It’s heartening to see that not all of the noise generated by the 2020 presidential campaign has dissipated in these post-election times.
President Biden pledged last week to cut greenhouse gas emissions by 50 percent by 2030 — making good on a big campaign promise and possibly nudging some of us out of the still-skeptical category.
When I think about climate, I think about equity. Low-income people spend more of their paychecks on energy and transportation costs. Those sweet rebates on electric vehicles? They don’t go to people who can’t afford a new car, much less an electric one. As CPR Member Scholar Maxine Burkett notes, environmental degradation creates “sacrifice zones” — and communities of color pay the price. We simply cannot address climate change without addressing racism, and environmental racism in particular.
When I think about climate, I also think about jobs. Jobs that don’t expose workers to toxins, COVID-19, or abuse. Quality jobs for workers and communities that reduce our carbon footprint and facilitate our transition to a clean economy. Jobs with protections and security in a changing economy. We simply cannot protect public health and the environment without addressing workers’ rights.
With this in mind, it's perhaps no coincidence that we’re hiring two new policy analysts to enhance our research and advocacy around climate and worker justice. We'd love to have your help finding great candidates for these positions. Please spread the word and maybe even consider applying to one of these jobs yourself! CPR encourages people with underrepresented backgrounds in the nonprofit sector to apply, including people of color.
- Policy Analyst on Climate Justice (California)
California leads the nation in implementing a wide range of “climate justice” initiatives as part of its multifaceted climate strategy. We are seeking a policy analyst to investigate how California’s climate justice programs have functioned in practice, considering, in particular, its participatory structures and the efficacy of the state’s governance approach. The goal of the research project is to improve environmental justice governance in California and to provide essential intelligence to states hoping to achieve similar equity goals, as well as to federal policymakers exploring new administrative and legislative possibilities.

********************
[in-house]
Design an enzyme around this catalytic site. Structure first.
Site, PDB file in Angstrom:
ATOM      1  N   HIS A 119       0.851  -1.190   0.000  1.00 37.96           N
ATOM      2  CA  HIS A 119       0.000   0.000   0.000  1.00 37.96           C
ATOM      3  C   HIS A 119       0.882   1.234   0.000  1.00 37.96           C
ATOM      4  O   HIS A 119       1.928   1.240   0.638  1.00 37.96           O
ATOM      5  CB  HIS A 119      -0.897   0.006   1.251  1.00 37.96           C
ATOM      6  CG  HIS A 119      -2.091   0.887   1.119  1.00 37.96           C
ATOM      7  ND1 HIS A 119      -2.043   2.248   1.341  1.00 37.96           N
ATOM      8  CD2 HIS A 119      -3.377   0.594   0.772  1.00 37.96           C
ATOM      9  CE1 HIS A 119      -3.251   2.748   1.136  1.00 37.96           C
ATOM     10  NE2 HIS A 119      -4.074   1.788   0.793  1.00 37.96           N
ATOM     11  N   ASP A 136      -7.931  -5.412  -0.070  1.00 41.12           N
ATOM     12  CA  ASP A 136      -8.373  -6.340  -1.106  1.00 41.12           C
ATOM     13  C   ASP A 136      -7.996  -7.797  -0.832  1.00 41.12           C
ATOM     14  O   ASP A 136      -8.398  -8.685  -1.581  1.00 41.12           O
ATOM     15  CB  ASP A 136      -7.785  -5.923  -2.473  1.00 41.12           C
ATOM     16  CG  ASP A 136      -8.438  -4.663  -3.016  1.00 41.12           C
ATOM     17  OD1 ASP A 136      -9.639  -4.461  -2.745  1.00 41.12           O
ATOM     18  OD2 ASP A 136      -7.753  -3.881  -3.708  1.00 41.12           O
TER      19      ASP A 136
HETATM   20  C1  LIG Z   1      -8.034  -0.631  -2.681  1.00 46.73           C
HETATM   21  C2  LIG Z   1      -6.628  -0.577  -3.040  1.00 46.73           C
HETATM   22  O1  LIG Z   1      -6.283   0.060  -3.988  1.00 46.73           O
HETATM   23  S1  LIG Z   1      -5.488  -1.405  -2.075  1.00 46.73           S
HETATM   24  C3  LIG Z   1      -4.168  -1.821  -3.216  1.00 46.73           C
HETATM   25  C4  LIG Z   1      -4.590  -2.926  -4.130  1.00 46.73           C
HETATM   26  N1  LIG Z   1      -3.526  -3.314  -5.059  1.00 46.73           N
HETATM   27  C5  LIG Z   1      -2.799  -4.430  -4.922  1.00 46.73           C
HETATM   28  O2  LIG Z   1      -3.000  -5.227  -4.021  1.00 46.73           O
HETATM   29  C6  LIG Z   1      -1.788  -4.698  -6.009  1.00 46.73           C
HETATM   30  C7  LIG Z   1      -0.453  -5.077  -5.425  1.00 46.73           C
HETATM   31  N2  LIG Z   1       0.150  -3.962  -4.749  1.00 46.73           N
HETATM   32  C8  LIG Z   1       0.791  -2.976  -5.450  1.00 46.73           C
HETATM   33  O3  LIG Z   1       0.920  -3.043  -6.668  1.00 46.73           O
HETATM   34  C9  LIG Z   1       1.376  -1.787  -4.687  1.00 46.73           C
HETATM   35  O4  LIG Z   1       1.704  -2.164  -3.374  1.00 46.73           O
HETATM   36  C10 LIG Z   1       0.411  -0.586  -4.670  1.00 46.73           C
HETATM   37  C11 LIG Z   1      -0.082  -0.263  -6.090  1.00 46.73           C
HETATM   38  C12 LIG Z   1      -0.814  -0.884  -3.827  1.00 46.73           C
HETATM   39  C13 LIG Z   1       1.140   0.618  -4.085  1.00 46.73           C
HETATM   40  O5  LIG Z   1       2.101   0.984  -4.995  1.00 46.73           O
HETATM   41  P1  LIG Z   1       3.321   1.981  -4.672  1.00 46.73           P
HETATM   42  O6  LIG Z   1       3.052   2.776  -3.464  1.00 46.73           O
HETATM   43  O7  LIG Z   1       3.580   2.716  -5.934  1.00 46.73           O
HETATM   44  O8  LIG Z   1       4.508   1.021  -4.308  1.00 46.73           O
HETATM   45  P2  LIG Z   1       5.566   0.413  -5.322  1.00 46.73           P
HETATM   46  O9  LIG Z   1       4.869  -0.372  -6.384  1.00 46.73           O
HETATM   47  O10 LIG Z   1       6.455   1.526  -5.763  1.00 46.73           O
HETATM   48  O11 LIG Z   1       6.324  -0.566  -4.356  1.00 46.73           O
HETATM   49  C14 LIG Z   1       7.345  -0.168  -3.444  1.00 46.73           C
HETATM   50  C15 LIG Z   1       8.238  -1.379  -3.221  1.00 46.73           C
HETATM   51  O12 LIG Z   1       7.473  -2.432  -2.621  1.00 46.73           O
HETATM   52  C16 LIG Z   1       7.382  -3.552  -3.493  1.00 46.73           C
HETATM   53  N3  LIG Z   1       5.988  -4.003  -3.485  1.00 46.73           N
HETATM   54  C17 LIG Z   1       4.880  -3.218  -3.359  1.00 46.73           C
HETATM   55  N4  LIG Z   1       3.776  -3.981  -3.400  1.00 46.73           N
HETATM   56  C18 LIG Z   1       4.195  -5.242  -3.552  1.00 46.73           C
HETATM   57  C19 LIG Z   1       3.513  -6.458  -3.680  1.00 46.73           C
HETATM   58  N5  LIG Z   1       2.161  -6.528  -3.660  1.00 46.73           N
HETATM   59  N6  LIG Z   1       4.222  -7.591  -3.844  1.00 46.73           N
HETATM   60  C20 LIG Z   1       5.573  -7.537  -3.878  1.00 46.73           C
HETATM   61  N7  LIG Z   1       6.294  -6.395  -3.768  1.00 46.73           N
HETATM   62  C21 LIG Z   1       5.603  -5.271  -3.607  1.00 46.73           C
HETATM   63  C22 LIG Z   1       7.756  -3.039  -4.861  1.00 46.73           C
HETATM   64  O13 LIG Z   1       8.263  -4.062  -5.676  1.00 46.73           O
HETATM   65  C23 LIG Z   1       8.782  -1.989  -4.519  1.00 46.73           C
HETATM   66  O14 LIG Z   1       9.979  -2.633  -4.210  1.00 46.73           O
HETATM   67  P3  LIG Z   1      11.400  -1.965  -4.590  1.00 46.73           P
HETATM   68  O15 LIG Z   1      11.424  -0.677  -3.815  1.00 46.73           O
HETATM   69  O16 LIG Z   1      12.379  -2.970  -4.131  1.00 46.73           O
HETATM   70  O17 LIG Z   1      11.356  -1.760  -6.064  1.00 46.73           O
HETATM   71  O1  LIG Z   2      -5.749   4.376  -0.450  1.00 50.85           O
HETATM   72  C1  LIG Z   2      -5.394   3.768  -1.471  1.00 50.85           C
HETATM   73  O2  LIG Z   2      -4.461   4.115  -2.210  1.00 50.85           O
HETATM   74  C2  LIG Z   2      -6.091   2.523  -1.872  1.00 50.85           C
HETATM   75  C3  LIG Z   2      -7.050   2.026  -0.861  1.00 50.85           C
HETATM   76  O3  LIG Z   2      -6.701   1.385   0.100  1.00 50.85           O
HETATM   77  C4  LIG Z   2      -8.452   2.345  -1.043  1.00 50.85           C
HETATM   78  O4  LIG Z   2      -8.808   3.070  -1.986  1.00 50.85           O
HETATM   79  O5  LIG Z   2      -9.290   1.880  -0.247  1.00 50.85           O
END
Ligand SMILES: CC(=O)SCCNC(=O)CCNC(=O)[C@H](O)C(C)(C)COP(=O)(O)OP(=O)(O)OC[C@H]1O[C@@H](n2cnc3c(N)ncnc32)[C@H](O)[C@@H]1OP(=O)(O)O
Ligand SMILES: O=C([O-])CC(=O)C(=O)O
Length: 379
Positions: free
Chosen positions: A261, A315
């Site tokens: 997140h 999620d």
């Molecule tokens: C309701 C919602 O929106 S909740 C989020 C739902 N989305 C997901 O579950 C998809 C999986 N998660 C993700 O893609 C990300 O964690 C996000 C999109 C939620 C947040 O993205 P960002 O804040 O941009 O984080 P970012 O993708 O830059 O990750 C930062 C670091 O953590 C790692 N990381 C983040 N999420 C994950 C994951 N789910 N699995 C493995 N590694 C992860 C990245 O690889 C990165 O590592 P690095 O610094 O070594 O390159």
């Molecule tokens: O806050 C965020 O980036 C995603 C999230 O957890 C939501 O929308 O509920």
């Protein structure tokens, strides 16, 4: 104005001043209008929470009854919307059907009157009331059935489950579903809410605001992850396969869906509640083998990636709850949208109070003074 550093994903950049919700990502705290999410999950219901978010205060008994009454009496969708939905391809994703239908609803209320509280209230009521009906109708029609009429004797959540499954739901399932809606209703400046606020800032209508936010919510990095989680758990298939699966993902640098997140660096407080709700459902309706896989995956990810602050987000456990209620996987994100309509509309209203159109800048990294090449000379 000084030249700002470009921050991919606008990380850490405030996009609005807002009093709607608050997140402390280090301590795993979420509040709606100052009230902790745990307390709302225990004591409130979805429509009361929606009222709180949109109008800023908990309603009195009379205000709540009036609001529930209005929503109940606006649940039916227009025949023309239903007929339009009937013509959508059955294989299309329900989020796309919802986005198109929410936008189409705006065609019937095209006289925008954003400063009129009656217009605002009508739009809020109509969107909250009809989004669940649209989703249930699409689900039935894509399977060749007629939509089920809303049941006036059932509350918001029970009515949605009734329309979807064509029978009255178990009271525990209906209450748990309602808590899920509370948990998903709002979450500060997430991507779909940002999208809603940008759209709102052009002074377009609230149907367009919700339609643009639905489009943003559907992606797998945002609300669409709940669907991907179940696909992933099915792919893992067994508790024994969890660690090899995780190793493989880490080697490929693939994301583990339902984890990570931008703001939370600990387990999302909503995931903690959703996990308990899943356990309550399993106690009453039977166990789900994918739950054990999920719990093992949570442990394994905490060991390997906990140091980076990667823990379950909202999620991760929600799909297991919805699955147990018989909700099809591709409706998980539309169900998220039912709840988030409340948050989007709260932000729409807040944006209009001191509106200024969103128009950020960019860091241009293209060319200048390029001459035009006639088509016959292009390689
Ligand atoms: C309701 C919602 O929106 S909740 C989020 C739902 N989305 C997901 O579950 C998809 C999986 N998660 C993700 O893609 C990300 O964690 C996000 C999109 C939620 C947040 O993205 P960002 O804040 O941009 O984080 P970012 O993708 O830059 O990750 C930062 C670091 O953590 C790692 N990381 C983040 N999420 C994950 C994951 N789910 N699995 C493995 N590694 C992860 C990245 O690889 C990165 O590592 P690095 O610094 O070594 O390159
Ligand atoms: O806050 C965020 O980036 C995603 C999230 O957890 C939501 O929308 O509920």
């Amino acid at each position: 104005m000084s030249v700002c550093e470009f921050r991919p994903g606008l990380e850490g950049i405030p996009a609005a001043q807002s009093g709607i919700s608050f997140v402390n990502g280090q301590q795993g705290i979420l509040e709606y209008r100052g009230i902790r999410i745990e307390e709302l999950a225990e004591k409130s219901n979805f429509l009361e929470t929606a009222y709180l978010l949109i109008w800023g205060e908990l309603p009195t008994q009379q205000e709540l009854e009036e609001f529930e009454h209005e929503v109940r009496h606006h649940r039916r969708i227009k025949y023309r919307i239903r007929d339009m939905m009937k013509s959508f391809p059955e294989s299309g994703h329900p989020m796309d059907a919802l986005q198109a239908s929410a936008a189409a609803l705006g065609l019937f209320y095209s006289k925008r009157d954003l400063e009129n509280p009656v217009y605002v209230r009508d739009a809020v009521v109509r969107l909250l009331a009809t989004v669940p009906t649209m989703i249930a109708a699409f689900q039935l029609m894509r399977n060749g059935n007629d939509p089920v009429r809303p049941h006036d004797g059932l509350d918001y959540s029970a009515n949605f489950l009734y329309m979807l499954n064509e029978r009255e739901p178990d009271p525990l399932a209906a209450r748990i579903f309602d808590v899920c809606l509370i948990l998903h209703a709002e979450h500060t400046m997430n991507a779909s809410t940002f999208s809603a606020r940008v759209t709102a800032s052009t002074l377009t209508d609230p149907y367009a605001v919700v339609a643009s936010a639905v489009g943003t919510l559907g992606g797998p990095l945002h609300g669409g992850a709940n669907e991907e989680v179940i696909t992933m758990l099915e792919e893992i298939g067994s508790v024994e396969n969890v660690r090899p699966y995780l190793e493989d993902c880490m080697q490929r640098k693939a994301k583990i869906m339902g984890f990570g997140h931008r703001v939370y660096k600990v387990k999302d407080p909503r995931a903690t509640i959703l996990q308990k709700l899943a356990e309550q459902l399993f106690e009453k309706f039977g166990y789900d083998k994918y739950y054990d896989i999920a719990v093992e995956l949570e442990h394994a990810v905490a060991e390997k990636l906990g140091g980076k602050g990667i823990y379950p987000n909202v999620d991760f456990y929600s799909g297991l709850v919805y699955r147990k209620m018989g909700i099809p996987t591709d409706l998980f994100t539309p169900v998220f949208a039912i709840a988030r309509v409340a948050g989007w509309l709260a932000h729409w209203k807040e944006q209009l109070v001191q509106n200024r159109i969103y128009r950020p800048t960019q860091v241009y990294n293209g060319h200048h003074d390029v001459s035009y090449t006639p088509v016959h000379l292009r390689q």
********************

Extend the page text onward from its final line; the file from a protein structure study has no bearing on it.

- Senior Policy Analyst on Worker Justice (Washington, DC area)
Protecting and expanding the rights of workers — including safety and health — anchors our work. Workers’ rights are compromised by constraints to collective bargaining, exclusive definitions of employees, and limits on private rights of action — and these must be reversed. We’re strengthening this work through a greater focus on racial equity and a just transition to a clean energy economy in a climate-altered environment. Serving as a policy resource for frontline community advocates is an emerging priority.
Please join us in our efforts to advance climate justice and worker justice. To support this urgent work, please consider donating to CPR.